As new recruits poured into Frederick in the late summer and fall of 1861 Camp Frederick would became home to the 1st PHB Infantry and much of the Home Brigade cavalry. Located on the high ground to the south of Frederick, the site had a long history that predated the Civil War by nearly a century. Two stone barracks buildings stood on the hilltop, both of which were completed in the 1780s. During the American Revolution German prisoners were housed within the long, L-shaped structures, which gave the site the name it still carries to this day – the “Hessian Barracks.”
By 1861 the barracks buildings had seen a variety of uses, having housed prisoners during the War of 1812, a state armory, and the agricultural fairgrounds. With the coming of the Civil War the barracks were again occupied by soldiers – this time not prisoners, but raw recruits for the Home Brigade.
In August the old barracks were chosen to serve as a military depot and hospital by Quartermaster General George Crossman (1). As the companies of the 1st PHB Infantry arrived in Frederick they were sent to the barracks, now dubbed “Camp Frederick.”
In September 1861 an elaborate ceremony recalling Maryland’s patriotic past was conducted at Camp Frederick. The soldiers of Home Brigade invited the “United Brothers of the War of 1812” to their camp to commemorate the decisive victory of the Maryland militia over the British at the Battle of North Point in 1814. Together the old veterans and new recruits marched through the town. After the parade the “Union Defenders” – Captain Glessner’s Company B, 1st PHB Infantry- were presented a stand of colors by William L. W. Seabrook, state Commissioner of the Land Office and noted unionist (2).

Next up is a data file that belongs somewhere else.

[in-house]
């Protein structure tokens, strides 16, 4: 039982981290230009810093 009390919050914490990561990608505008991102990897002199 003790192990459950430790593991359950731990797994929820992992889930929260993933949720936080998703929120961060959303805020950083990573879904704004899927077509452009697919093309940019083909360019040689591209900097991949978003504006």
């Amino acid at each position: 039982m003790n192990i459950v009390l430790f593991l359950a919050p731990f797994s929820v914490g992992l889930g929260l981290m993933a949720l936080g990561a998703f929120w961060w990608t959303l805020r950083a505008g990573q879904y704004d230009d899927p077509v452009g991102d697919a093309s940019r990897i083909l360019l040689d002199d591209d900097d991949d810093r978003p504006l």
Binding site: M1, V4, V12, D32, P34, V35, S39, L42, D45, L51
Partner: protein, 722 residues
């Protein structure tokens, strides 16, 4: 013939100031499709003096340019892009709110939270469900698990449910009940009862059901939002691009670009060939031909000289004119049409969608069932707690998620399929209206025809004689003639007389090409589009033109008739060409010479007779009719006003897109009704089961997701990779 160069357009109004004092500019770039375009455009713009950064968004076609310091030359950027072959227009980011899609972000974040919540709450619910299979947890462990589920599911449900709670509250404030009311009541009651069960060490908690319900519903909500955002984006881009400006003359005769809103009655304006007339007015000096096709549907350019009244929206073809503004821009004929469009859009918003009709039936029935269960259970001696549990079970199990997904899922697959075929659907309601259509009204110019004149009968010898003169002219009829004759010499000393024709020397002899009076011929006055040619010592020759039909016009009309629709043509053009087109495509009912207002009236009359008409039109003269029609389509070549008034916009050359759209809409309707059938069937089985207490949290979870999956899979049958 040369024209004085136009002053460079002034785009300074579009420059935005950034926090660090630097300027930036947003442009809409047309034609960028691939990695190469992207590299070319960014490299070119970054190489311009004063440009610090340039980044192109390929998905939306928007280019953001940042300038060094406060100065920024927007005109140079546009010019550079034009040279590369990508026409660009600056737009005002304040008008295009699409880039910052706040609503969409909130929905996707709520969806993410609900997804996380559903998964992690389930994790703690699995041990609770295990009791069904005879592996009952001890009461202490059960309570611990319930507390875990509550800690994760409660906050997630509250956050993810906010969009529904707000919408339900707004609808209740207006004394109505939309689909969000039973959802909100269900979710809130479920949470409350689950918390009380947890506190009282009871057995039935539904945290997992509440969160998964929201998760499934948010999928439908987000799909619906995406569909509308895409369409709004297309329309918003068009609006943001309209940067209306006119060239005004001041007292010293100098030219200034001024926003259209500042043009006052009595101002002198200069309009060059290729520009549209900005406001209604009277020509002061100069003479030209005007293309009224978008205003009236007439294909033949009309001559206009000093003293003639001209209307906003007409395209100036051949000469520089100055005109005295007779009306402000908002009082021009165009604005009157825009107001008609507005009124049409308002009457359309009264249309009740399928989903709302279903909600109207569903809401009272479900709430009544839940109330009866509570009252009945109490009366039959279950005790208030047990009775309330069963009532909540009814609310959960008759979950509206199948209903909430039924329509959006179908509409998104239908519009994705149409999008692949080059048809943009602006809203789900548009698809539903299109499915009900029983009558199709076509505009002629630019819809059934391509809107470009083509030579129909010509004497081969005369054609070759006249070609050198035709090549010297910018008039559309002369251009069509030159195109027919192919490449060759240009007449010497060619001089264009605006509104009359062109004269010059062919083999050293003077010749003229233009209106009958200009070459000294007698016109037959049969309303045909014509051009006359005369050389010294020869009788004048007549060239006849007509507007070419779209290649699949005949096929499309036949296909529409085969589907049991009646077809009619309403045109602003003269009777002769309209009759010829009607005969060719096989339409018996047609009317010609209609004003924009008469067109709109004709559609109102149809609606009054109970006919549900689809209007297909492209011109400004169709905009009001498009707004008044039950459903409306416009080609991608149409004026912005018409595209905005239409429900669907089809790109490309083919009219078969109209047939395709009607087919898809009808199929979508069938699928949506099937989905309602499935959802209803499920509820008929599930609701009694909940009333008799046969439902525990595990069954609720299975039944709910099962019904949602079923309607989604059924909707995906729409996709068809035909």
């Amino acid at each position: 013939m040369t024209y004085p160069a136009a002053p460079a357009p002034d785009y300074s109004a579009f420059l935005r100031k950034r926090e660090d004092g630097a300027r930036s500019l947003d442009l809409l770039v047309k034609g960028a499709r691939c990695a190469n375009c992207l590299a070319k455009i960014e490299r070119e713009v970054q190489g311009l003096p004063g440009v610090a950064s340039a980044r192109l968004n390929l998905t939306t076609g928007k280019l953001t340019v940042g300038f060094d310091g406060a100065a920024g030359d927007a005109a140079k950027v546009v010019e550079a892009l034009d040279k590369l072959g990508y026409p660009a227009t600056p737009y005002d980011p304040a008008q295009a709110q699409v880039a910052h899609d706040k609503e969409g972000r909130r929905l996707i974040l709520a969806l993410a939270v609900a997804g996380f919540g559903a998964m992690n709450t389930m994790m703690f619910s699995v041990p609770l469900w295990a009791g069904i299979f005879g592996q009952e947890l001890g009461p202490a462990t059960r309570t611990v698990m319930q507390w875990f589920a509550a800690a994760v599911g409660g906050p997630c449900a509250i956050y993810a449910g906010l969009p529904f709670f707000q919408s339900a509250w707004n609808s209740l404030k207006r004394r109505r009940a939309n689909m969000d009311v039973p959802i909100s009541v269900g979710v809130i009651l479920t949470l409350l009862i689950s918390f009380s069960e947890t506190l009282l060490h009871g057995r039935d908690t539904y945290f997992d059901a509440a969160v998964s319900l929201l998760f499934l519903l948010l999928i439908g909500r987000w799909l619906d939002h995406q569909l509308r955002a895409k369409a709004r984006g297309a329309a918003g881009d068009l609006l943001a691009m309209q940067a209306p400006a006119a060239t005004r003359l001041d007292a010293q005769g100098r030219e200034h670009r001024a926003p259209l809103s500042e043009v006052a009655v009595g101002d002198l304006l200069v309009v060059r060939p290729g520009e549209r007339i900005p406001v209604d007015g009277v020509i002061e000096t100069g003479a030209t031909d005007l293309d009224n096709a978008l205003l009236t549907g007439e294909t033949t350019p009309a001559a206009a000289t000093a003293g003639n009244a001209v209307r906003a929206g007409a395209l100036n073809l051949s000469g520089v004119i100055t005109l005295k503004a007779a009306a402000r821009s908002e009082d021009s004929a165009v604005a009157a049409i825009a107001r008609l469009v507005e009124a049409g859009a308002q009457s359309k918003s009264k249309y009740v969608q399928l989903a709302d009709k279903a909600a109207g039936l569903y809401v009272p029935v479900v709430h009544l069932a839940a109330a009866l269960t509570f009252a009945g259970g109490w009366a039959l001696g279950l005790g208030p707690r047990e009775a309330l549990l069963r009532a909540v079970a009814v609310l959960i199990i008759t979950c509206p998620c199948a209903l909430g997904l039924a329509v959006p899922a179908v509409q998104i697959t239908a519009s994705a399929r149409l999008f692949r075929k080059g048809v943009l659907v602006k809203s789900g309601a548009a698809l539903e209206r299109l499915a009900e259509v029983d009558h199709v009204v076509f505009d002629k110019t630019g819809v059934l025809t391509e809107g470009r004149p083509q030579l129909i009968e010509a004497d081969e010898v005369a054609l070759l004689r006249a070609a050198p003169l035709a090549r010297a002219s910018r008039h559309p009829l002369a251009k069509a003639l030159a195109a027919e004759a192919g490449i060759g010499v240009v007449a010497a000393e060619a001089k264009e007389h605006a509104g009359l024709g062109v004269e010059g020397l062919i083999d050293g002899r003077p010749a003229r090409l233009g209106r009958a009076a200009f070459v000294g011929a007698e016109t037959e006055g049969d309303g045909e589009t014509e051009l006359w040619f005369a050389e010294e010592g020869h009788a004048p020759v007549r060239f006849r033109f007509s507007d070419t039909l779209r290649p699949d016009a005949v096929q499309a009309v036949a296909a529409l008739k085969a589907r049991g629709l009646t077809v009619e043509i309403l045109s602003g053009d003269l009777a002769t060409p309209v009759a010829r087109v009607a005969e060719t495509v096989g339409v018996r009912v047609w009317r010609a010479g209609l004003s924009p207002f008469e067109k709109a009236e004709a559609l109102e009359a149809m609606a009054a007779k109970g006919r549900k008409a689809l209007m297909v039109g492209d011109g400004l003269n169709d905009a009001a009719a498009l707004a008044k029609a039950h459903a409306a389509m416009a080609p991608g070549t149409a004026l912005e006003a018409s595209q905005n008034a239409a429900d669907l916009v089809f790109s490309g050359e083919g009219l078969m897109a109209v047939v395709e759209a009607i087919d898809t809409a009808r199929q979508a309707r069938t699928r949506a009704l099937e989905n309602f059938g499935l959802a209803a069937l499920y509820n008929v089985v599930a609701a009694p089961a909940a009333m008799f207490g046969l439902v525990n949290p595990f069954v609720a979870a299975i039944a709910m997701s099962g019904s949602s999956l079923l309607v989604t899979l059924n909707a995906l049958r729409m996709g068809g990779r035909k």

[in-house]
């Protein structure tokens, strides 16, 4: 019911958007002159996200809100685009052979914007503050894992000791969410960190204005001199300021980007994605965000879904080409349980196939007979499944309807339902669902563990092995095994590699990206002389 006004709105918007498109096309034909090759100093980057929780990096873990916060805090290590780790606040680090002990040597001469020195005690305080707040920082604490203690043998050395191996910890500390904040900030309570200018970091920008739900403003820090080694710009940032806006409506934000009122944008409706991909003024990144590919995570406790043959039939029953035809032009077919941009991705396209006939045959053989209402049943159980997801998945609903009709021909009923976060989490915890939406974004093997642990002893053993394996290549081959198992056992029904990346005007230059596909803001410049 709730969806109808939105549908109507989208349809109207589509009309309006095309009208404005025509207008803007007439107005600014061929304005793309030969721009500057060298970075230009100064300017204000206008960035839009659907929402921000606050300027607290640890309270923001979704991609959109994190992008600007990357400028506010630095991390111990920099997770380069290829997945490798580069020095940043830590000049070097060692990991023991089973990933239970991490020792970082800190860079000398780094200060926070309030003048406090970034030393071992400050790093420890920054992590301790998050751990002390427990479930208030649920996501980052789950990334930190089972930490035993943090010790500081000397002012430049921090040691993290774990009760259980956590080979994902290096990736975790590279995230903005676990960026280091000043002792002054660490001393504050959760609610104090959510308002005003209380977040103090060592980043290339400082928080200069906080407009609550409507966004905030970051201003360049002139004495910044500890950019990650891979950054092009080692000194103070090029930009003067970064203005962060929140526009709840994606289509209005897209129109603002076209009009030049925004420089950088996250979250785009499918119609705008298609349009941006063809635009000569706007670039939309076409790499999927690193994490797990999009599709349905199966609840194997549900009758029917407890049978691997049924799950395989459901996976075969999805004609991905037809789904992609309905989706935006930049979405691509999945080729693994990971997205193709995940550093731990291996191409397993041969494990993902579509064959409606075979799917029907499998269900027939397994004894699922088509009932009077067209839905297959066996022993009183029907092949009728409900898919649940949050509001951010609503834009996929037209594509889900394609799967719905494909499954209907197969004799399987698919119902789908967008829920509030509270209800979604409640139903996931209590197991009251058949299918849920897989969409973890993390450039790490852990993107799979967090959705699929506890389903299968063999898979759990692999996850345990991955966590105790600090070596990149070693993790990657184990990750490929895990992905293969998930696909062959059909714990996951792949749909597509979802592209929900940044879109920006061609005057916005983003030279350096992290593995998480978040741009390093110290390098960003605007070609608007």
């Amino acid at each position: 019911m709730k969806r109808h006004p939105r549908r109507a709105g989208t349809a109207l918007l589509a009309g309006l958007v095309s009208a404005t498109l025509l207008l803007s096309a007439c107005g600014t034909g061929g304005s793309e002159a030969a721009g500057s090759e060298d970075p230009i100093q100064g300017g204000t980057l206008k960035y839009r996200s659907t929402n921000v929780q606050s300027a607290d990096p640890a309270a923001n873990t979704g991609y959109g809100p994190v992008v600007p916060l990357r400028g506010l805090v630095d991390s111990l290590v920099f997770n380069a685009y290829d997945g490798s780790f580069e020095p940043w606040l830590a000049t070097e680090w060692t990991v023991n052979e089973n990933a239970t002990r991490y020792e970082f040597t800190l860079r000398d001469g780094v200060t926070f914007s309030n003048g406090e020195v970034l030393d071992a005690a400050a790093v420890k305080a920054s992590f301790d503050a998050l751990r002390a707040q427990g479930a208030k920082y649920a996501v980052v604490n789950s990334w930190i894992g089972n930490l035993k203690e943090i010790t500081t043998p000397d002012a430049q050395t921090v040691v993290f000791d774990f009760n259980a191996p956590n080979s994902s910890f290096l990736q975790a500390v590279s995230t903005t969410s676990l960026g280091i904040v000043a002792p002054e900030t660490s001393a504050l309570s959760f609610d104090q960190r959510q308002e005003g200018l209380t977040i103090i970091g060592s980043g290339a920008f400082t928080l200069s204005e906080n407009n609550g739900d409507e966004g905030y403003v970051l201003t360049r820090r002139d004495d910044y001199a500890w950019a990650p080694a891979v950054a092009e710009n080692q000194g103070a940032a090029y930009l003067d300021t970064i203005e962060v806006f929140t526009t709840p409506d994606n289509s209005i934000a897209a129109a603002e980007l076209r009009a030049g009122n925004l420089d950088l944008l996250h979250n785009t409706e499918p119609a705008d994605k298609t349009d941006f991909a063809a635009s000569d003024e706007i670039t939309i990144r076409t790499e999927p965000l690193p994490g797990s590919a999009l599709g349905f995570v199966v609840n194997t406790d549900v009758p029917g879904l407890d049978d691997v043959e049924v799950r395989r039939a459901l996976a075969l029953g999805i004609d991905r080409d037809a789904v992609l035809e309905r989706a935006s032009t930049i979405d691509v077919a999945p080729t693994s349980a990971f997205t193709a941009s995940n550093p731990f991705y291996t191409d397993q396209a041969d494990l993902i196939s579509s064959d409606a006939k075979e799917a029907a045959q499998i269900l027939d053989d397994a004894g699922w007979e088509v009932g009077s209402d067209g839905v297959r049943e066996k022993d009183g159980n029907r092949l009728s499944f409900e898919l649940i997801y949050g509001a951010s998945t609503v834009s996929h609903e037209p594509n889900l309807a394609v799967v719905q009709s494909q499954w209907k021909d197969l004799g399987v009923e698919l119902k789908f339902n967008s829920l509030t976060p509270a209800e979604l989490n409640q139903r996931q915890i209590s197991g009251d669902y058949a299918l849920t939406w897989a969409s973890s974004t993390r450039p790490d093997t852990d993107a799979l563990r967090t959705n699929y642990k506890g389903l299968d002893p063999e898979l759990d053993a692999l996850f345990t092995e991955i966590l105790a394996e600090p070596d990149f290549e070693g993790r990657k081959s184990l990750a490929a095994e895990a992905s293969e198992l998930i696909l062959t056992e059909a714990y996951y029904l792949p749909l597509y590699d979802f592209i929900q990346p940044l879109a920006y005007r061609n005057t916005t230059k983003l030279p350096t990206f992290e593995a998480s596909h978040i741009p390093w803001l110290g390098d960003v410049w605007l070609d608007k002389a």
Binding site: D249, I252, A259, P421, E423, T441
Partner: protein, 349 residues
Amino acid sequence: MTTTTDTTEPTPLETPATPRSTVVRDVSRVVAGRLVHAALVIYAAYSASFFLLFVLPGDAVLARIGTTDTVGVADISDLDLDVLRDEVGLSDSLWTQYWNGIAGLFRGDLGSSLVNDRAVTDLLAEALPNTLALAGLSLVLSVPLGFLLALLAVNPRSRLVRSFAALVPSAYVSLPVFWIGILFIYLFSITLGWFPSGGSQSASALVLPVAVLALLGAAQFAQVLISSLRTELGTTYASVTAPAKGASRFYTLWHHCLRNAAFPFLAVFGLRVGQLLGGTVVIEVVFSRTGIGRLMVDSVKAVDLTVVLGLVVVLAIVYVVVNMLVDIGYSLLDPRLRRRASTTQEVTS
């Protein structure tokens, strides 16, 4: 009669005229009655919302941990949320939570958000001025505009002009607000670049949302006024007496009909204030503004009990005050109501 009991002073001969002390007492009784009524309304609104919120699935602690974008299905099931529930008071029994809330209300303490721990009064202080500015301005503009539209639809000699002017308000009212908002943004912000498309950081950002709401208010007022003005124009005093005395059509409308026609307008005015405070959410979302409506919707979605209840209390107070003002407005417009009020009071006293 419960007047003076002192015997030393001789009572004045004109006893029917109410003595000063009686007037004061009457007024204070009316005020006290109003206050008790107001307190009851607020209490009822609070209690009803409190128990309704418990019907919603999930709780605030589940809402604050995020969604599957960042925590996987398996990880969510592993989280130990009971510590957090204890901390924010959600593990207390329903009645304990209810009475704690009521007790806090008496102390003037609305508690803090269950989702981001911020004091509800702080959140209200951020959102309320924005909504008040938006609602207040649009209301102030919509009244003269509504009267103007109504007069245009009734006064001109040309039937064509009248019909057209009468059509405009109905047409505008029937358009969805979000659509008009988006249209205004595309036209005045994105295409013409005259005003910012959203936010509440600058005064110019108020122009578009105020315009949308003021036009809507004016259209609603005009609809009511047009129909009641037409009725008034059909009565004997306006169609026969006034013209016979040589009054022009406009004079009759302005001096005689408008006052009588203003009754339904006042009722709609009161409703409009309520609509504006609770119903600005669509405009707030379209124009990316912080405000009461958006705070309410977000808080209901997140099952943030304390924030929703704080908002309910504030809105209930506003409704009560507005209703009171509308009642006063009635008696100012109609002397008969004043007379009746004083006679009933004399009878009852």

That very same week the Republican Citizen, one of Frederick’s leading Democratic papers, had some less than flattering things to say about the men of the Home Brigade at Camp Frederick:
An Outrage if True – We regret to see it stated in one of the Black Republican papers of this city, that some of the members of the Home Brigade now being raised, and quartered at the Barracks, insulted and treated with great indignity, several of the most quiet, and respectable citizens of the county, who visited the public grounds, at that place, a few days ago. This is much to be regretted, if true, and can only impress the people with the conviction that the Home Brigade, instead of answering the objects for which it purports to be organized, that of protecting the lives and property of the people, is likely to become a scourge of the community. (3)
That the Citizen took such a negative stance on the Home Brigade is no surprise. Politically it was diametrically opposed to Francis Thomas and the Home Brigade, and often advocated for the “Peace Party” and secessionists in western Maryland.
As September gave way to October more companies arrived at Camp Frederick and more colors were presented to the troops. The ladies of Emmitsburg presented Captain Horner’s Company (Co. C) of cavalry with a stand of colors on October 2nd. Emmitsburg physician Dr. Robert L. Annan gave a speech, and the colors were received by Lt. Francis Gallagher (4). Two of Dr. Robert’s brothers were enlisted in the Company – Lt. John Annan and Sergeant Andrew Annan.